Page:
Earlier in May, Australian entrepreneur Craig Wright made headlines with the claim that he was in fact the mysterious creator of Bitcoin, known as “Satoshi Nakamoto.” While Wright has yet to offer concrete public evidence to back up his claim, some in the Bitcoin community have insisted that even if Wright is Nakamoto, it doesn’t matter.
This is a classic engineer’s fallacy. I say this with love—I’m an engineer myself—but it exemplifies a blinkered worldview which is both wrong and dangerous. The identity of the Bitcoin creator matters because if he or she were to come forward, they might have a real shot at finally uniting a fractious community. At the very least, the creator could provide some clarity on a host of unresolved, fundamental questions that are damaging Bitcoin’s credibility with investors and potential users alike.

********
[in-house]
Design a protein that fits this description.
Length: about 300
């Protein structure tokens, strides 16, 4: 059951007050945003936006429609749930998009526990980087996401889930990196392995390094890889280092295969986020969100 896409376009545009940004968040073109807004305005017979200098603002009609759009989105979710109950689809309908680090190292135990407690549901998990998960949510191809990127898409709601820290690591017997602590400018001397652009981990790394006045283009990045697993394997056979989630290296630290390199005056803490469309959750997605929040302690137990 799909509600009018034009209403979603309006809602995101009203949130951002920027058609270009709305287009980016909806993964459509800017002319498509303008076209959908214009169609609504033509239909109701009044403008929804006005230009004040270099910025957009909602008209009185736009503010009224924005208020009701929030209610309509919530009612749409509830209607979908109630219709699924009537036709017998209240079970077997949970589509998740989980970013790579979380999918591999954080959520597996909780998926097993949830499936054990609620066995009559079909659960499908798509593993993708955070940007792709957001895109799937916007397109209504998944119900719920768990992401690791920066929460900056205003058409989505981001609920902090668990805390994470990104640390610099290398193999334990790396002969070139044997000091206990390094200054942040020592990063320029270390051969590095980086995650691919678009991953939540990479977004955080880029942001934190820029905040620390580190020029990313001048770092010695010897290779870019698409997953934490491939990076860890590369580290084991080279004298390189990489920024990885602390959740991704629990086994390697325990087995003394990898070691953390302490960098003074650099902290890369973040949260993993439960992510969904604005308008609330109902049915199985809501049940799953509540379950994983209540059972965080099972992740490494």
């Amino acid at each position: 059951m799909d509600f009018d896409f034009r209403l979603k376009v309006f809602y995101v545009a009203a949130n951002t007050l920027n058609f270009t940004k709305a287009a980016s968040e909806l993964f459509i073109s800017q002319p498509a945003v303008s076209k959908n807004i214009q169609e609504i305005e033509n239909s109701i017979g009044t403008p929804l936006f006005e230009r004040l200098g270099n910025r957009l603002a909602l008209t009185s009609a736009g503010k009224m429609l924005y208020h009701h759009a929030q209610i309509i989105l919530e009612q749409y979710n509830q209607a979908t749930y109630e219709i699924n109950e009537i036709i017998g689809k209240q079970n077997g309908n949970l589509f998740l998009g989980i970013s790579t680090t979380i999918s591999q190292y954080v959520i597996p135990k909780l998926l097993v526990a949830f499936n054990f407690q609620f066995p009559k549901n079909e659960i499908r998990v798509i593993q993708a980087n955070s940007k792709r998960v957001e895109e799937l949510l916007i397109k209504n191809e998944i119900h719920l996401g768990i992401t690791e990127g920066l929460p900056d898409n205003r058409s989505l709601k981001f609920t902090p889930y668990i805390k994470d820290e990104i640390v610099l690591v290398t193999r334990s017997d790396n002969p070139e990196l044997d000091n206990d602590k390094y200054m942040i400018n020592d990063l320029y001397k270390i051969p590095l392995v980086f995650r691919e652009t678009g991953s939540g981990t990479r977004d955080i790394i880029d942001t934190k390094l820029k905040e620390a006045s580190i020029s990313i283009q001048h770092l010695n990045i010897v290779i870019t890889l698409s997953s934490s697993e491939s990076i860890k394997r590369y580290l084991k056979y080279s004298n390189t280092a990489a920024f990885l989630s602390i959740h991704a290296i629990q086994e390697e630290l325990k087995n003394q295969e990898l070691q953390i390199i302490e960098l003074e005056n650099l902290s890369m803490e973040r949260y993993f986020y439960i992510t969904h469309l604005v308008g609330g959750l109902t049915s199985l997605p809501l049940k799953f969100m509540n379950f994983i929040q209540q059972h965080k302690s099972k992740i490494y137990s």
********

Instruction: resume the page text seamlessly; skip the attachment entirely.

The network is not the project is not the network
It is true that Satoshi’s true identity is irrelevant to the Bitcoin network. The network was (brilliantly) designed so that its transactions require no trust or central authority. This will remain true as long as no entity controls too much of the “mining” computational power—more than one quintillion computations per